The flatlands, mostly planted with grain and cotton in the 19th century, host agricultural production today that is as diverse as it is eco-friendly. Area entrepreneurs are proud of their organically grown produce, from fruits, vegetables and grains to honey, tahini, pulses, olive oil and dairy. Recent startups include the cultivation of the ancient antioxidant biofood spirulina and ostrich farming. Serres is also famous for its own indigenous 'Turkish' delight – 'loukoumia' in Greek – locally called 'akanes' and made of fresh goat butter and the pure water of the nearby mountains.The region was also reputedly a favored haunt of wine god Dionysius, a claim its viticulturists heartily endorse. The majority of the wineries offer tours to visitors and host autumn festivals, and so do some distilleries, keeping in mind that ouzo is also produced here from natural aromatic ingredients.
The tavernas in the small villages that dot both the plain and higher elevations serve local game and traditional ethnic recipes created by the multicultural influences of its turbulent history. This was a region much fought over in both modern and ancient times; even today a visit to the Roupel Fortress, near the border with Bulgaria, must be chaperoned by the military. Serres only became part of Greece in 1913. It was an important seat of Byzantium and played a significant role in the uprising against Ottoman rule and in holding back Axis powers Germany and Bulgaria in the Second World War, as can be seen from the area’s many fortresses and monasteries.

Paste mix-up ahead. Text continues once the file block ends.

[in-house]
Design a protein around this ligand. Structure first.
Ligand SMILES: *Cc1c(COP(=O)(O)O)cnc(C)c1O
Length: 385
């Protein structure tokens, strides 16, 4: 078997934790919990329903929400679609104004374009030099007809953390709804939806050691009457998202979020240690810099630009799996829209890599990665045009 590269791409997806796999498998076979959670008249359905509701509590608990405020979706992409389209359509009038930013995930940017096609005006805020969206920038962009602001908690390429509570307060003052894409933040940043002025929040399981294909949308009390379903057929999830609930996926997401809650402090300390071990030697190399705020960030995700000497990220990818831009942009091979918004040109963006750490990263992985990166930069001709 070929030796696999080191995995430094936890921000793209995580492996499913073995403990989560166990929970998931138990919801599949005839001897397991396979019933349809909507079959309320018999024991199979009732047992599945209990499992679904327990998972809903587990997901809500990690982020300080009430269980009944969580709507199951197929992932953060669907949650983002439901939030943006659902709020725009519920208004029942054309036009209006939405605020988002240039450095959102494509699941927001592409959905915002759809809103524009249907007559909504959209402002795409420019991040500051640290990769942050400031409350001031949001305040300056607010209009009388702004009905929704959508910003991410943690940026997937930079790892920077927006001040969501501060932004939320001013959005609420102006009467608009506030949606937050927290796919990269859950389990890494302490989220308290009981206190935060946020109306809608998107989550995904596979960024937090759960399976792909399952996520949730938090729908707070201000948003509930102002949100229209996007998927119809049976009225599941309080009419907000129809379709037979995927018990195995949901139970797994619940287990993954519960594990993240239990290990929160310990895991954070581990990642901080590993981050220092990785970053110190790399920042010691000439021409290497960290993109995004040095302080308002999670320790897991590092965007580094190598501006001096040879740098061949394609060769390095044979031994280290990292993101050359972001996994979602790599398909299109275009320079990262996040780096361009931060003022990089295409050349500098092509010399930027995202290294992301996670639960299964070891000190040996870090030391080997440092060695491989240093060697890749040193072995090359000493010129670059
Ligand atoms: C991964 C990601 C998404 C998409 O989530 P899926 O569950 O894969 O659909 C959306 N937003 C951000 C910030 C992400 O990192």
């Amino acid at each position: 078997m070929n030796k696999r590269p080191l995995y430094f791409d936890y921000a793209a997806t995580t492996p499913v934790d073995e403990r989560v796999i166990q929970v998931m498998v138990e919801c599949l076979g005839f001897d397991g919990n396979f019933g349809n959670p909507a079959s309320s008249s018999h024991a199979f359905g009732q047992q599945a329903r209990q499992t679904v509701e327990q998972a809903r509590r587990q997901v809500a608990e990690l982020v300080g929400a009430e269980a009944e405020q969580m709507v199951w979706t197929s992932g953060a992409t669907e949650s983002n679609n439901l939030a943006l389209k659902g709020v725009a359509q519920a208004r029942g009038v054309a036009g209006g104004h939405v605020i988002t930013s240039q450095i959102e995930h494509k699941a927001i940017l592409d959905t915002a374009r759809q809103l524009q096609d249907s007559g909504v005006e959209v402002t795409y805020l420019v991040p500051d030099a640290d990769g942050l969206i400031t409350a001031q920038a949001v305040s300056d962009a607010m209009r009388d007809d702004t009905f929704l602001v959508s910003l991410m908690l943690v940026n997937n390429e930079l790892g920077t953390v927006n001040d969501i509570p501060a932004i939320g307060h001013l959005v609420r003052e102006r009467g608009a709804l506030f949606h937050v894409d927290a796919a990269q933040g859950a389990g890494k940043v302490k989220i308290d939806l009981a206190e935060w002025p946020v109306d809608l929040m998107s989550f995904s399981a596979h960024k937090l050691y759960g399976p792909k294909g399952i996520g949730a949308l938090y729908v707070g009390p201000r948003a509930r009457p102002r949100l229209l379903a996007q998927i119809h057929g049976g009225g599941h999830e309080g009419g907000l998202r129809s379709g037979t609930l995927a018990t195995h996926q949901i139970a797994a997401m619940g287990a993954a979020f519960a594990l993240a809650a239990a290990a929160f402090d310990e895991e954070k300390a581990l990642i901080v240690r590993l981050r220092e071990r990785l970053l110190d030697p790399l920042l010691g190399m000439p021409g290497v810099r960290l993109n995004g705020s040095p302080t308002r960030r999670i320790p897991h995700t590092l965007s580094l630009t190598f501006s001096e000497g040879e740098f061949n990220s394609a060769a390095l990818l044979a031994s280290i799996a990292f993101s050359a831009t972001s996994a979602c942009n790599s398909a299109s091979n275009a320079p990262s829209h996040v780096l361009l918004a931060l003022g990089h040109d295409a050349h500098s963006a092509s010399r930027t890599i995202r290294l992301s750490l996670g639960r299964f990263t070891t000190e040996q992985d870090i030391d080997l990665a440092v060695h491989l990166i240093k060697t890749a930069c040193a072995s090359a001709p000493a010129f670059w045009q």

The county capital, also called Serres, is the only major urban center, a sprawling verdant city with large squares and impressive mansions that attest to the region’s long prosperity. It’s center is Plateia Eleftherias, meaning Freedom Square, and a festival is held from June 23 to 29 to celebrate the region’s liberation from the Bulgars in 1213. The music dance and arts festival 'Gefiroudiana' takes place from August 20-30. The park in the valley of Agii Anargyroi, off Exochon Street, is one of the most shady and beautiful, providing respite and relaxation. It is the municipality’s cool hotspot in the summer months.